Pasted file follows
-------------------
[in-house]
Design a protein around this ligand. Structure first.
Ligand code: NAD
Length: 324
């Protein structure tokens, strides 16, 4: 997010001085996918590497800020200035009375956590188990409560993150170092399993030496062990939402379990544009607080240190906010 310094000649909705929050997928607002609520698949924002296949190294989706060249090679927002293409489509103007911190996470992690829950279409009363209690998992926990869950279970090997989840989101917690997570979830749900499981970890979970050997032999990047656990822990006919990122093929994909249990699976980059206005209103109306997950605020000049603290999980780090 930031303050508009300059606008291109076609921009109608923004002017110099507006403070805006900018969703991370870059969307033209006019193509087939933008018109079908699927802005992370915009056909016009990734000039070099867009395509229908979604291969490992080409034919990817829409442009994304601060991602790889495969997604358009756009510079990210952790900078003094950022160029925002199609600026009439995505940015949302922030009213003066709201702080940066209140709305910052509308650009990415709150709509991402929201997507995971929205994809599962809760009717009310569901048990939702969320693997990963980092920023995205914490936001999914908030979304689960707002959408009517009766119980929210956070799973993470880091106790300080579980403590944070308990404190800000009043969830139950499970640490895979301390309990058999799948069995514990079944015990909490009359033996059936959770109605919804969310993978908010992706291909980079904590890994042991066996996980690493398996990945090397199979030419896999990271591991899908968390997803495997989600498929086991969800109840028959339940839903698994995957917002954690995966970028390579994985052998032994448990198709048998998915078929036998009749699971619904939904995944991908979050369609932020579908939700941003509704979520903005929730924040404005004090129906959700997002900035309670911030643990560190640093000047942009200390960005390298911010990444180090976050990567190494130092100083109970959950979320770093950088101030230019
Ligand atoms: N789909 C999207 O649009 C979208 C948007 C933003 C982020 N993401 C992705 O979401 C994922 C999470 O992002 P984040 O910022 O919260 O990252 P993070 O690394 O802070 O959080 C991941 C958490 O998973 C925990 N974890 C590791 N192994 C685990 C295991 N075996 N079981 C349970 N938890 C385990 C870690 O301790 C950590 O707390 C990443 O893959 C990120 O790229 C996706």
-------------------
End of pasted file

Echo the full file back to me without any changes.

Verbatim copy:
[in-house]
Design a protein around this ligand. Structure first.
Ligand code: NAD
Length: 324
């Protein structure tokens, strides 16, 4: 997010001085996918590497800020200035009375956590188990409560993150170092399993030496062990939402379990544009607080240190906010 310094000649909705929050997928607002609520698949924002296949190294989706060249090679927002293409489509103007911190996470992690829950279409009363209690998992926990869950279970090997989840989101917690997570979830749900499981970890979970050997032999990047656990822990006919990122093929994909249990699976980059206005209103109306997950605020000049603290999980780090 930031303050508009300059606008291109076609921009109608923004002017110099507006403070805006900018969703991370870059969307033209006019193509087939933008018109079908699927802005992370915009056909016009990734000039070099867009395509229908979604291969490992080409034919990817829409442009994304601060991602790889495969997604358009756009510079990210952790900078003094950022160029925002199609600026009439995505940015949302922030009213003066709201702080940066209140709305910052509308650009990415709150709509991402929201997507995971929205994809599962809760009717009310569901048990939702969320693997990963980092920023995205914490936001999914908030979304689960707002959408009517009766119980929210956070799973993470880091106790300080579980403590944070308990404190800000009043969830139950499970640490895979301390309990058999799948069995514990079944015990909490009359033996059936959770109605919804969310993978908010992706291909980079904590890994042991066996996980690493398996990945090397199979030419896999990271591991899908968390997803495997989600498929086991969800109840028959339940839903698994995957917002954690995966970028390579994985052998032994448990198709048998998915078929036998009749699971619904939904995944991908979050369609932020579908939700941003509704979520903005929730924040404005004090129906959700997002900035309670911030643990560190640093000047942009200390960005390298911010990444180090976050990567190494130092100083109970959950979320770093950088101030230019
Ligand atoms: N789909 C999207 O649009 C979208 C948007 C933003 C982020 N993401 C992705 O979401 C994922 C999470 O992002 P984040 O910022 O919260 O990252 P993070 O690394 O802070 O959080 C991941 C958490 O998973 C925990 N974890 C590791 N192994 C685990 C295991 N075996 N079981 C349970 N938890 C385990 C870690 O301790 C950590 O707390 C990443 O893959 C990120 O790229 C996706």